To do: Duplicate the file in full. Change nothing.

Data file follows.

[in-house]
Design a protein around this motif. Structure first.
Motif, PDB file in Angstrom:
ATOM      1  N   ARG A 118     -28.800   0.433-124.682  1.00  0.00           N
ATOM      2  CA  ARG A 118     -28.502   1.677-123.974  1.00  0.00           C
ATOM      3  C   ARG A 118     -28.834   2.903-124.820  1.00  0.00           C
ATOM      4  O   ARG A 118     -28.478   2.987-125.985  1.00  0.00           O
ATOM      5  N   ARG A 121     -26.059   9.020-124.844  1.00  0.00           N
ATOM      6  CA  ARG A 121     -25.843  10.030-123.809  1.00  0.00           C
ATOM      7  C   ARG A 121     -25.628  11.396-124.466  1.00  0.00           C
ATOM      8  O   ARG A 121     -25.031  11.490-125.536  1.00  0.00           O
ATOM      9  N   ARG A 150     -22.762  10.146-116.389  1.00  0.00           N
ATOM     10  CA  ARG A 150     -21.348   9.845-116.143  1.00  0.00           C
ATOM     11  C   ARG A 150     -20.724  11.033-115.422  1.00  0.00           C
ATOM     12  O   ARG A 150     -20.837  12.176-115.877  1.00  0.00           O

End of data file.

[in-house]
Design a protein around this motif. Structure first.
Motif, PDB file in Angstrom:
ATOM      1  N   ARG A 118     -28.800   0.433-124.682  1.00  0.00           N
ATOM      2  CA  ARG A 118     -28.502   1.677-123.974  1.00  0.00           C
ATOM      3  C   ARG A 118     -28.834   2.903-124.820  1.00  0.00           C
ATOM      4  O   ARG A 118     -28.478   2.987-125.985  1.00  0.00           O
ATOM      5  N   ARG A 121     -26.059   9.020-124.844  1.00  0.00           N
ATOM      6  CA  ARG A 121     -25.843  10.030-123.809  1.00  0.00           C
ATOM      7  C   ARG A 121     -25.628  11.396-124.466  1.00  0.00           C
ATOM      8  O   ARG A 121     -25.031  11.490-125.536  1.00  0.00           O
ATOM      9  N   ARG A 150     -22.762  10.146-116.389  1.00  0.00           N
ATOM     10  CA  ARG A 150     -21.348   9.845-116.143  1.00  0.00           C
ATOM     11  C   ARG A 150     -20.724  11.033-115.422  1.00  0.00           C
ATOM     12  O   ARG A 150     -20.837  12.176-115.877  1.00  0.00           O